For Spelunkers Everywhere


That example of composite titling could be a nod towards the multi-directional aspects of Cave‘s stylistic oeuvre and perhaps the multiple influences that have brought this Chicago-based unit thus far. Name checking period psych, exotica, minimalism, krautrock, punk/new wave, library and world music is a connoisseur’s tick-list as good as any I guess.

Over time though, on collections such as “Neverendless” (2011) and 2013’s “Threace”, those aforementioned influences have been gradually absorbed/mulched into a sound that the band can now seriously stand back and see as their very own. Since forming in Columbia, Missouri, their thirteenth year in the frame has seen the release of their first full-lengther after a five-year sabbatical during which, the band underwent a line-up reshuffle. Their keyboardist-in-residence, hiding under the strange alias of ‘Rotten Milk’ (in reality, one Zach McLuckie) jumped ship and was replaced by the icy cold fingers of Jeremy Freeze on guitar and the multi-instrumentalist skills of Rob Frye (also of Bitchin Bajas). After the insistent seventies t.v. ident-laced themes of “Sana Yago” and the clinically applied dance steps of “The Juan”, it’s clear that it isn’t quite a ‘business as usual’ modus operandi for the band’s new configuration. The meshing of Jeremy F’s six-string with the guitar vocab of Cooper Crain (another Bitchin Baja) fully ignite during the nine minutes plus of “Beaux”. Those clipped, neo-funk elements and higher maths tendencies that held sway over a lion’s share of their input fall away in favour of a more zoned-out/distorted showcase; a extended style redolent of solarized auras and fringed buckskin jackets, brought back into the public domain by the houses of ‘Beyond Beyond is Beyond’ and ‘El Paraiso’.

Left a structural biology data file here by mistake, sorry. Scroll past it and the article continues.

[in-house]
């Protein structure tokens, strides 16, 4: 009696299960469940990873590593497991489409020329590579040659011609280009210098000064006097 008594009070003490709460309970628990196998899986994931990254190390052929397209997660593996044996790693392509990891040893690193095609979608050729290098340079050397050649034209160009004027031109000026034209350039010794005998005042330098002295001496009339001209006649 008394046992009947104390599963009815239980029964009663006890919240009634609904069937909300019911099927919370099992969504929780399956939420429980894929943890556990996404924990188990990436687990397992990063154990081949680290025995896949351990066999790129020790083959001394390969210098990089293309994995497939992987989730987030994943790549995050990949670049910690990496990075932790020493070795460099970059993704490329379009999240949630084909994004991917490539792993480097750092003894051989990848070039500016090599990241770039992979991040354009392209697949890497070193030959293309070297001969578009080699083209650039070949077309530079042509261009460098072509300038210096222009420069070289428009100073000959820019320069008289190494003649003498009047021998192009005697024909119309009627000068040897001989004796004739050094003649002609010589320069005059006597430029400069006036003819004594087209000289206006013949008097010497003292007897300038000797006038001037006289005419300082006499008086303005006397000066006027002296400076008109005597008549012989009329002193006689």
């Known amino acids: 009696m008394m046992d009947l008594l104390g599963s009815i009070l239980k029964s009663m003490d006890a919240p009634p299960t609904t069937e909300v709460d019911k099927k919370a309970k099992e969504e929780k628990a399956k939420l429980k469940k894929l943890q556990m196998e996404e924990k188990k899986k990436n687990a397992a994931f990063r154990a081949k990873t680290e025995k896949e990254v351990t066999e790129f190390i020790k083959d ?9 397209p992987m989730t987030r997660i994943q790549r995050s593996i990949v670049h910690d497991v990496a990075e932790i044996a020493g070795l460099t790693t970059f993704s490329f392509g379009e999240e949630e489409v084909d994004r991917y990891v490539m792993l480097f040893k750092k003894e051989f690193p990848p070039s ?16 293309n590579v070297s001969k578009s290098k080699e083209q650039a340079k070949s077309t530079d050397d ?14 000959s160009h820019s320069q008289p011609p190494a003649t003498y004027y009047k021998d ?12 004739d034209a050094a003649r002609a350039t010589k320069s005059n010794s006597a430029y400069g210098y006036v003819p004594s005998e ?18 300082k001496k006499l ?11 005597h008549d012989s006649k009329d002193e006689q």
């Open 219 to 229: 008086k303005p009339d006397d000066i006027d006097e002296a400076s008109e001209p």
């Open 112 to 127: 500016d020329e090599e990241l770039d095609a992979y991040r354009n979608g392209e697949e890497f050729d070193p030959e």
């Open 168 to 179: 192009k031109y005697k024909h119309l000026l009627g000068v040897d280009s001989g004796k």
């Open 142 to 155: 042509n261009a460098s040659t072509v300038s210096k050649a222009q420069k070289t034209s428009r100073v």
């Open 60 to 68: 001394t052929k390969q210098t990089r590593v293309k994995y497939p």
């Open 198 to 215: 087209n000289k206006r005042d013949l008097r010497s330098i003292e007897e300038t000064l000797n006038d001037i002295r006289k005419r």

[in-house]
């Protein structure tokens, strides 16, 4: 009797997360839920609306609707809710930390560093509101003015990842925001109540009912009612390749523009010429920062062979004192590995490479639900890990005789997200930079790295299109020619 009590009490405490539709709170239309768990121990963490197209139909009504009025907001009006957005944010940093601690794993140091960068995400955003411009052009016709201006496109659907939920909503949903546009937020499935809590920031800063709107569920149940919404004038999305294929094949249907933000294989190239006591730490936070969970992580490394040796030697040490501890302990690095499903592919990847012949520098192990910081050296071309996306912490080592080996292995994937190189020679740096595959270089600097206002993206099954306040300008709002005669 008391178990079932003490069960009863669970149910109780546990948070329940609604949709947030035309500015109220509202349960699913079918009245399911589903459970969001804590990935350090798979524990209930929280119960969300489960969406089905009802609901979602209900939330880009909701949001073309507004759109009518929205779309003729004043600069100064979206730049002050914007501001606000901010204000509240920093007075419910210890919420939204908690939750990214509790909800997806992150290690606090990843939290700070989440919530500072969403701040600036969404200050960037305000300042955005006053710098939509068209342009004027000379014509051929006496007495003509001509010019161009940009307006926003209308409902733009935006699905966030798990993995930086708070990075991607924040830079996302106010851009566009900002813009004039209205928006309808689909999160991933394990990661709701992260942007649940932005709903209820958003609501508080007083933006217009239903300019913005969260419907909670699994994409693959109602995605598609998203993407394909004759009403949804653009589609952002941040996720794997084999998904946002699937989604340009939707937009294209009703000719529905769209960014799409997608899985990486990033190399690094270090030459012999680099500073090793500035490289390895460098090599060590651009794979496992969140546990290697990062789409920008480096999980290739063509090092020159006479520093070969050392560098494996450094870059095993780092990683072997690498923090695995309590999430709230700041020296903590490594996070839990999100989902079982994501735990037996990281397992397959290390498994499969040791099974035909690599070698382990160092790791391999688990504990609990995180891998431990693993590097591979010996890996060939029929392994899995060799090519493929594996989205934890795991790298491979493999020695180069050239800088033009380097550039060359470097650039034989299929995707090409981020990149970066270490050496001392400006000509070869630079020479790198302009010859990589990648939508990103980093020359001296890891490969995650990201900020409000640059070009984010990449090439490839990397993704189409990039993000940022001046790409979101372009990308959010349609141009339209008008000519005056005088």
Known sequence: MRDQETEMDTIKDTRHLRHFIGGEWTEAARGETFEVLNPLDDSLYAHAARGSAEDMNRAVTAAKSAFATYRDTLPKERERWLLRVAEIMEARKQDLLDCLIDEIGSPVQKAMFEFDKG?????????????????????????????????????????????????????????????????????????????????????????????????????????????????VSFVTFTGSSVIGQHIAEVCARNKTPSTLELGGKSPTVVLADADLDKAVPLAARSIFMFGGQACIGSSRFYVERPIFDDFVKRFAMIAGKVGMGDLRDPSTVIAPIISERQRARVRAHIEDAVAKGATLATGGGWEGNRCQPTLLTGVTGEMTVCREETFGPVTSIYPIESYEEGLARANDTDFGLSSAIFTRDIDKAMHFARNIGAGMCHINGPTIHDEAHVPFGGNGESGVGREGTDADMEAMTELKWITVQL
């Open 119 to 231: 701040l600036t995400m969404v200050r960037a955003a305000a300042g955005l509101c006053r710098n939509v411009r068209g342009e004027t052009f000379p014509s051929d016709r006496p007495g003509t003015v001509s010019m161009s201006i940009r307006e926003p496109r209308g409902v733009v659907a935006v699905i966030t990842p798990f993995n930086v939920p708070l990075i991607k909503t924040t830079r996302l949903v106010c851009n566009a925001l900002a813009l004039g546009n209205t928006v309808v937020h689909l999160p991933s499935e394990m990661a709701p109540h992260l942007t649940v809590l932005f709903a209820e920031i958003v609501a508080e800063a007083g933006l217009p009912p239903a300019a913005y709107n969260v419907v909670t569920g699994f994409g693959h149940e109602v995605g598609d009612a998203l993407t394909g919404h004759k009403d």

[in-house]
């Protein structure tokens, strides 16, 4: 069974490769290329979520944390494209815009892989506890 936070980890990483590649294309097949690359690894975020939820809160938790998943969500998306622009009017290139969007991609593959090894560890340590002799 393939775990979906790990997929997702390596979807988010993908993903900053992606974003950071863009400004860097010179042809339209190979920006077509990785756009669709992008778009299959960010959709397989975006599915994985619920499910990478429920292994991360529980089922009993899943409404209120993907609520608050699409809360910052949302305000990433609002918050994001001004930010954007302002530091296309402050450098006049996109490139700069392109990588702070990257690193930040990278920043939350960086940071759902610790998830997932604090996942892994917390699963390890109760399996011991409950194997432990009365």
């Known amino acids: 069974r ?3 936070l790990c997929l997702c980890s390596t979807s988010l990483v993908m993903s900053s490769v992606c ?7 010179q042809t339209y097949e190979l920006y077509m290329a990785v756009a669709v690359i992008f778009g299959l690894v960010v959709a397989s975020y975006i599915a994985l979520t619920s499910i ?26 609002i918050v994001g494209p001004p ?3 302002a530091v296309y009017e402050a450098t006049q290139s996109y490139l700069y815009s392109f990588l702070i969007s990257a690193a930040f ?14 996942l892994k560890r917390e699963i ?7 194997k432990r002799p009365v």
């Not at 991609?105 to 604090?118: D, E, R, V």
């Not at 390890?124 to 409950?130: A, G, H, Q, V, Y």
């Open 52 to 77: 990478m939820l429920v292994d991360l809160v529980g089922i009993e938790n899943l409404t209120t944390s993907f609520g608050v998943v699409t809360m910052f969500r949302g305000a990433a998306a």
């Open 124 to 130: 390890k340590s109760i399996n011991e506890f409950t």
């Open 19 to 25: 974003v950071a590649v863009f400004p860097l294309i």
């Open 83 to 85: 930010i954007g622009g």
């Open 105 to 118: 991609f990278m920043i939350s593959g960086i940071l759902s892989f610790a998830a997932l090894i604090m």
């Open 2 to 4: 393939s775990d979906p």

A gambit mebbe, that might aim to distance themselves from the “Best Neu disciples since Stereolab” strapline (c/o Jim DeRogatis), and would also surely carve out further avenues for exploration. Watch this space?